The bus ride home from any high school playoff game provides an obvious clue to what transpired in the previous few hours.
In the journey to the Class 3A state championship game last season, the Mount Hebron boys soccer team experienced more than its share of jubilant joy rides. As the 10th-seeded team in the East region, the Vikings went on the road and returned victorious five times to earn a spot in the season's final game at UMBC Stadium.
In the return trip to Ellicott City that night, however, a collective hush told the disappointing story of the title match: Watkins Mill 3, Mount Hebron 1.
The silence on the bus gave then-junior center midfielder Lucas Rose time for thought, and one thing came to mind.
"I was thinking about what it was going to be like next year and how much I wanted to get a state title my senior year," he said.
As senior seasons are set to begin across the Baltimore area, players are preparing to step up, take on leadership responsibilities, and chase their last chance to bring home a championship.
For some seniors, like Rose and his Mount Hebron teammates, getting so close and falling short increases the desire to complete the quest for the title.
"As a senior, I know I have to be more vocal and I'm in charge of making sure everybody is working hard every day," said the Vikings' Stone Chen, a three-year starter on defense. "[From last year,] I just learned that it's OK to make a mistake as long as you keep playing hard, keep your head up and never give up. We were the underdogs last year. We proved a lot of people wrong and I'd like to do that again."
Most coaches will tell you no matter how many talented players are on their roster, the season will only go as far as the seniors take it.
"Seniors are your emotional leaders and it's their last stand, so you hope they're hungry and come in looking to win a championship," said Loyola coach Lee Tschantret, whose Dons will be one of the top contenders in the Maryland Interscholastic Athletic Association A Conference.
"From year to year in high school, everyone makes a big difference. But when they come back as seniors, they're young men and have the perspective of a young man. They're a little more serious, physically stronger and I think the gravity of the situation hits them," Tschantret said. "They know this is their last shot at it and their last chance playing with these guys. And hopefully they've developed that camaraderie and bond that it becomes like a family and they want to put it all together for the special year."
The past two seasons for the C. Milton Wright girls team have been promising only to come up short in the end. The Mustangs lost both times in the Class 3A state semifinals with each deciding goal coming late in the second half.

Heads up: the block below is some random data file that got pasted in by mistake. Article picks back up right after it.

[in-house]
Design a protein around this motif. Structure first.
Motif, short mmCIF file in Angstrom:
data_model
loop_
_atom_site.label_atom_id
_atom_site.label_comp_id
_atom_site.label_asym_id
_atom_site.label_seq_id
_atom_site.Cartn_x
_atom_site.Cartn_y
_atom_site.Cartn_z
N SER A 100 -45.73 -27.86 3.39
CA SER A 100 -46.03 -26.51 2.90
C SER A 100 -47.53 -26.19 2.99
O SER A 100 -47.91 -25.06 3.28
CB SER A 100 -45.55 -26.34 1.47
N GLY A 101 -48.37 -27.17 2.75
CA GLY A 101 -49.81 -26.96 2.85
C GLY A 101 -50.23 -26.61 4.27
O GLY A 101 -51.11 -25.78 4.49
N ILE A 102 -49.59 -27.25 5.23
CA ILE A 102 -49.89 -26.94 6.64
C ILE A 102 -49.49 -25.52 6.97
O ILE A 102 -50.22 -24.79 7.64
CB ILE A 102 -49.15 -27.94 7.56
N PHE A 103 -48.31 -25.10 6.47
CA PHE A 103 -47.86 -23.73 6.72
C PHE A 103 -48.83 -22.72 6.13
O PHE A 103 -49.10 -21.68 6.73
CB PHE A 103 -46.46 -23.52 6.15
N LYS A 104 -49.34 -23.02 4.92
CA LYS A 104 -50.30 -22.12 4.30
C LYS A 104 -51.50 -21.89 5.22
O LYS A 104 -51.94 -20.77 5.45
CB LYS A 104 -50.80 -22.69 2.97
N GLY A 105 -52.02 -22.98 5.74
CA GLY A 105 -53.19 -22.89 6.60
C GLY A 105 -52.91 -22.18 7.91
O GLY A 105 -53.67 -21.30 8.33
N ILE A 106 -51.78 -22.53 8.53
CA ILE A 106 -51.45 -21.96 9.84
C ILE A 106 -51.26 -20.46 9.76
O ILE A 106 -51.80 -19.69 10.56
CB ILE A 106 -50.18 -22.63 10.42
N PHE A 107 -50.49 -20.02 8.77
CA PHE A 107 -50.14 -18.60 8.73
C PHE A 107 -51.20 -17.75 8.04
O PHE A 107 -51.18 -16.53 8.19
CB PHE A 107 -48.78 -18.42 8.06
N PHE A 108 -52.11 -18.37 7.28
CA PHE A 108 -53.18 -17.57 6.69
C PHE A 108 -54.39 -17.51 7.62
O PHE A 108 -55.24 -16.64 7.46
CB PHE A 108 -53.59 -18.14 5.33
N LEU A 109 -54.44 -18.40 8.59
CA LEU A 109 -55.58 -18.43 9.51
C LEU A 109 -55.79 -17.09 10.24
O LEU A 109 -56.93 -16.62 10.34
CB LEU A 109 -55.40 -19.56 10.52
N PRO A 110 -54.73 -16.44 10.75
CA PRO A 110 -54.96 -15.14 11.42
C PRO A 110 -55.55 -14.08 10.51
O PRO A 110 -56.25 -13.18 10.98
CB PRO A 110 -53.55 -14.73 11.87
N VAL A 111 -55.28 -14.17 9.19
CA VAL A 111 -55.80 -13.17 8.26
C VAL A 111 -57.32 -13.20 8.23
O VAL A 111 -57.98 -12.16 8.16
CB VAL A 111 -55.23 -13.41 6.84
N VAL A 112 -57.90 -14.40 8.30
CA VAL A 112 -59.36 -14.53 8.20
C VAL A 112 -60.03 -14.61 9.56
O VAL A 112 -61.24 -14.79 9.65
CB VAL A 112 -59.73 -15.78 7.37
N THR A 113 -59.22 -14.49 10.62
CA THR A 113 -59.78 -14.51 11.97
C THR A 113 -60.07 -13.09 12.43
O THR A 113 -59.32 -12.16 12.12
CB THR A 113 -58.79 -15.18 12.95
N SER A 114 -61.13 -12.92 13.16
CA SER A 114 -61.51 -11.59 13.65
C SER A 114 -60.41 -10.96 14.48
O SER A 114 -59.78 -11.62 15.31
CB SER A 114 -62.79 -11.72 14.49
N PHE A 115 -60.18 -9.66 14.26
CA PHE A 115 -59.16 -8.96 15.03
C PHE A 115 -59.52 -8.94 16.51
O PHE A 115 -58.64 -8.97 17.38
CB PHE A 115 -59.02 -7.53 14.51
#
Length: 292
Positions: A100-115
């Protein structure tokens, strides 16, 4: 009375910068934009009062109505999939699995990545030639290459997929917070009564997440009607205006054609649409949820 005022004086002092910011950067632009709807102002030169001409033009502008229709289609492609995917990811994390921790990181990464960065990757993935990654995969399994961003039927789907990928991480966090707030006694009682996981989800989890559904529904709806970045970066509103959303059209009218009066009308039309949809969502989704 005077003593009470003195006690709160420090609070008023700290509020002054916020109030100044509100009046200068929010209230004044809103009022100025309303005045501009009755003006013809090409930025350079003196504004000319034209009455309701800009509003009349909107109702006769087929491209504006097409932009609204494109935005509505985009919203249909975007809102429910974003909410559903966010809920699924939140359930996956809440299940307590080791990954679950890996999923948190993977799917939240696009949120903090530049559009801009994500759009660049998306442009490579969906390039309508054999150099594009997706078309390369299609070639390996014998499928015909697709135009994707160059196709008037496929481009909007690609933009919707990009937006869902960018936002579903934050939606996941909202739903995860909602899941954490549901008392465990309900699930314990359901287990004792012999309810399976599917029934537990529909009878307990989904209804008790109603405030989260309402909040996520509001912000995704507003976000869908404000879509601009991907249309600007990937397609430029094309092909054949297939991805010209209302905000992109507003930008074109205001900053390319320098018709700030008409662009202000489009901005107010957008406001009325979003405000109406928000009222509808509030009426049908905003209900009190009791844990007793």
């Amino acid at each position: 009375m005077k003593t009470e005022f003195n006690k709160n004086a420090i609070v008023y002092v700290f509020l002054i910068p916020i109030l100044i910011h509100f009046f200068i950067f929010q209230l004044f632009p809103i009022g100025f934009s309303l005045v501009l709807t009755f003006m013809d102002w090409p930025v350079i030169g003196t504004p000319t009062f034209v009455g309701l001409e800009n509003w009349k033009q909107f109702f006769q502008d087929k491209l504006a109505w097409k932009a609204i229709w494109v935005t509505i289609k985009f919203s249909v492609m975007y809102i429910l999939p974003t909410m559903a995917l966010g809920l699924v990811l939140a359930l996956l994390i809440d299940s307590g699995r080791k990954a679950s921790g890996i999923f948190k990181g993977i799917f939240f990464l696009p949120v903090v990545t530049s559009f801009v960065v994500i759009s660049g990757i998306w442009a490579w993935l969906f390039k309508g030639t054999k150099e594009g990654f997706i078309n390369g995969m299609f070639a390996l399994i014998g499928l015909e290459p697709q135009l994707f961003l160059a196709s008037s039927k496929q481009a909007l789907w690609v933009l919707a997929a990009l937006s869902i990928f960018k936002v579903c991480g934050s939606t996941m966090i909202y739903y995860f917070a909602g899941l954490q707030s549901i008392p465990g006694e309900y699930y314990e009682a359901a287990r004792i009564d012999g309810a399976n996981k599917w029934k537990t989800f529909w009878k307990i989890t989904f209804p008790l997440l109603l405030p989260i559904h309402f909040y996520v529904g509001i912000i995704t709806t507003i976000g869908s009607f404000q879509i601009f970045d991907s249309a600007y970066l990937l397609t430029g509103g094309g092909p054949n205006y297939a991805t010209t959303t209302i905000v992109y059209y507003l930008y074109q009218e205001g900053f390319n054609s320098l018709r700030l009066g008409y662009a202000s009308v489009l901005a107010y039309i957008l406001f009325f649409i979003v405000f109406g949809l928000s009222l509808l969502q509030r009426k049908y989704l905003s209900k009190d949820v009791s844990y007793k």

Senior defender Abby Smucker, a four-year starter and All-Metro first-team selection last season, is doing everything she can to make sure the Mustangs take the final step this year. Earlier this month, she asked an assistant coach if she could hold a team meeting once the final cuts were made. With 10 starters returning and a senior-laden team, C. Milton Wright appears to be ready to clear the last hurdle.
The sting from close losses the past two years provides added incentive, but Mustangs coach Paul Austin has made sure the team knows each season takes on its own identity.
For Smucker, this final one can't get started soon enough.
"I know the whole team is willing to work really hard and do what they can so we can make it to the next game and hopefully win that state championship, she said. "Having seen [last year's] seniors leave with a semifinal game loss like that is tough and this being my senior year, I want to leave it all out there and go out with a bang."
The Archbishop Spalding girls have made it to six Interscholastic Athletic Association of Maryland A Conference championship games in the past seven years, winning three titles. Along the way, coach Bob Dieterle has seen a number of seniors take their turn in the lead role. Each new senior class has been able to take what it learned in previous years, maintaining the program's success.
"The thing I see right away is the willingness and eagerness to assume that leadership role," Dieterle said. The first thing is 'Wow, we're now the oldest kids and people are going to be looking at us and we have to produce. And the second thing that hits them is this is it for them in high school."
Spalding senior forward Mo Ostrowski knows it is her turn. She had a taste of winning a championship when she was called up for the playoffs in her freshman year and scored a goal in the title game. But her last two experiences in the championship didn't go as planned because rival McDonogh beat the Cavaliers both times.
Much like the Mount Hebron boys, the bus ride for the Cavaliers was mostly quiet following last year's setback. But there were some whispers in the back, where a bunch of the team's talented juniors were sitting together and thinking ahead.
"We started talking about wanting it, how we're not going to settle and we promised each other we're all going to work for this," Ostrowski said. "We want it to be our year."